Show simple item record

dc.contributor.authorJulich, Jennifer L.
dc.date.accessioned2019-08-09T14:20:41Z
dc.date.available2019-08-09T14:20:41Z
dc.date.issued2018
dc.identifier.urihttps://escholarshare.drake.edu/handle/2092/2174
dc.description119 leavesen_US
dc.description.abstractDistance learning has changed the landscape of higher education especially with regards to community colleges which are the leaders in offering online courses (CCRC, 2013). In years past the online educational platform has struggled to meet the same academic standards and retention rates of traditional face-to-face courses. Blended courses which are believed to be the “best of both worlds” bridge the community aspect of face-to-face courses with the online e learning component. This study compared the three delivery methods: online, face-to-face, and blended by examining course grades and course completion rates at a Midwestern U.S. community college. It was hypothesized that face-to-face and blended courses would have higher course grades and course completion rates because of interactive qualities and community support that is lacking or absent in online learning – especially for community college students who tend to struggle more with the barriers of online learning (Jaggars & Bailey, 2010; Ryan et al., 2016). Unique to this study, blended courses were investigated by examining the ratio of face-to-face contact time within the blended courses. In the same vein as holding more campus community and interactive human connections, it was also hypothesized that courses with more face-to-face contact time would have higher course grades and higher course completion rates. The results of this study do not support the hypothesis. The findings show that face-to face courses did have higher course grades and course completion rates than online courses; however, the practical significance was negligible indicating that there was little difference between the two delivery methods. (Blended courses were not statistically significant.) The ratio of face-to-face contact within blended courses showed that students had higher course grades and higher course completion rates when there was either very little face-to-face contact or a lot of face-to-face contact with the poorest course grades and course completion rates existing when there was an even ratio of online to face-to-face.en_US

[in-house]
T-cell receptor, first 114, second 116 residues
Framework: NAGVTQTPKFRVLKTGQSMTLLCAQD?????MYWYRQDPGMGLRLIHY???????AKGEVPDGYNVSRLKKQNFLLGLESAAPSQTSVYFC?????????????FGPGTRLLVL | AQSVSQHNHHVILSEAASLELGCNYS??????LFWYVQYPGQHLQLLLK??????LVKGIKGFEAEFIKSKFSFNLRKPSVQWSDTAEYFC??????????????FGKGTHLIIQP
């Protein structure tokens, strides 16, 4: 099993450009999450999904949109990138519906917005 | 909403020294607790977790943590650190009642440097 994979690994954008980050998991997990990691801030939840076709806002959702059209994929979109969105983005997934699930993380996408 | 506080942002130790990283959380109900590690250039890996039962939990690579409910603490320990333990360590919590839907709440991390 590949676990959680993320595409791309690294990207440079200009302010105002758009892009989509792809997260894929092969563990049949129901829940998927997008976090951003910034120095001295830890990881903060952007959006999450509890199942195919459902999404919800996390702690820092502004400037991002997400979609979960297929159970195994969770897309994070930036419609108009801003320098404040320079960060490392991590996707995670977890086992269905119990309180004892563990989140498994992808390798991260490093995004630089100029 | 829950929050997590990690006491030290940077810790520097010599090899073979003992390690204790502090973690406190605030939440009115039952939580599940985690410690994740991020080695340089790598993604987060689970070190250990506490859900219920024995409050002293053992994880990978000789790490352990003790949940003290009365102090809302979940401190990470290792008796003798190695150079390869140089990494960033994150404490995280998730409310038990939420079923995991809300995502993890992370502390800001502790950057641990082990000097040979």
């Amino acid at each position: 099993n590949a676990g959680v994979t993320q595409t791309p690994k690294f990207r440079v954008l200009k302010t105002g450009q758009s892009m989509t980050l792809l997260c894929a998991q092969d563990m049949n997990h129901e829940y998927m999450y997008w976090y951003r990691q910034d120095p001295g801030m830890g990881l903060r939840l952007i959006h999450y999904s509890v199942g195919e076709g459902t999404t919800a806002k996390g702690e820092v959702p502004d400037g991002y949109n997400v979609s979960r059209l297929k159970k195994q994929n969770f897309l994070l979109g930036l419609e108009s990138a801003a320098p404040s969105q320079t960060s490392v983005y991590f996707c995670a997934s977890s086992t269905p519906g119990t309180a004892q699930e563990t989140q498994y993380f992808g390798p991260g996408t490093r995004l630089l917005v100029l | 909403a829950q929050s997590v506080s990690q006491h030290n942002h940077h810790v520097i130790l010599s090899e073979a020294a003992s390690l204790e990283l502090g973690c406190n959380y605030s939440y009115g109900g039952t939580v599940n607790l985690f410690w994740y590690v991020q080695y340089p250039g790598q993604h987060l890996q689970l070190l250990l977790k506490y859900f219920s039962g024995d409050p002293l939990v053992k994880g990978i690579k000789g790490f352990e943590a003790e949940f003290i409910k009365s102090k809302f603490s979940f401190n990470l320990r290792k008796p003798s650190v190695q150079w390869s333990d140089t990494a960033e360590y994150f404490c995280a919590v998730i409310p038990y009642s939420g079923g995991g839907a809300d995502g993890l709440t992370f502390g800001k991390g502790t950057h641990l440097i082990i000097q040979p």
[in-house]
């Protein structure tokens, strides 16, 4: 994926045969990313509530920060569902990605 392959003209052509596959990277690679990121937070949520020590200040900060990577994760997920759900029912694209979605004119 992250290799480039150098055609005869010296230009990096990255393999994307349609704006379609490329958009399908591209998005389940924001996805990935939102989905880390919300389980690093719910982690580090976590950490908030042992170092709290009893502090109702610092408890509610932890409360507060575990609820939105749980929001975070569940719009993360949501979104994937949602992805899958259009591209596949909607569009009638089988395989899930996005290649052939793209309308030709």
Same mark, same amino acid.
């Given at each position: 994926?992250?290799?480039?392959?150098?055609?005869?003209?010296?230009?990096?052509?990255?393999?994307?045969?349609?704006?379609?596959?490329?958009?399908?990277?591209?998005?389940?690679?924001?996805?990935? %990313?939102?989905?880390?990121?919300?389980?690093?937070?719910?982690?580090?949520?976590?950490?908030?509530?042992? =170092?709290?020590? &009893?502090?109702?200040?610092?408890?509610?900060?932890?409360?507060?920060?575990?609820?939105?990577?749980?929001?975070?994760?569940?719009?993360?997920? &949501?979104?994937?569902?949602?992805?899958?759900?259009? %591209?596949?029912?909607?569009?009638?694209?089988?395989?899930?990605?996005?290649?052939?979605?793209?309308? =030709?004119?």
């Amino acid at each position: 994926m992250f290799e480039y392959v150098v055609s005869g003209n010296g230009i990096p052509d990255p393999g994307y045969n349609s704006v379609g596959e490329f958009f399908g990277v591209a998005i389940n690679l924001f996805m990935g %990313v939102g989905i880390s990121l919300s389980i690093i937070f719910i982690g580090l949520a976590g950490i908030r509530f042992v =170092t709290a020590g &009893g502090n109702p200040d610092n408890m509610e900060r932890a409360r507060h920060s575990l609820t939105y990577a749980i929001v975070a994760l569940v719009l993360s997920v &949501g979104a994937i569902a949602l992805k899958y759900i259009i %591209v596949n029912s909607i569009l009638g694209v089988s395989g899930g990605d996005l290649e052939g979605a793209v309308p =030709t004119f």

dc.language.isoen_USen_US
dc.publisherDrake Universityen_US
dc.relation.ispartofseriesDrake University, School of Education;2018
dc.titleThe Ratio of Face-to-Face Contact Hours in Blended Courses Effects on Course Grades and Course Completionen_US
dc.typeThesisen_US


Files in this item

Thumbnail

This item appears in the following Collection(s)

Show simple item record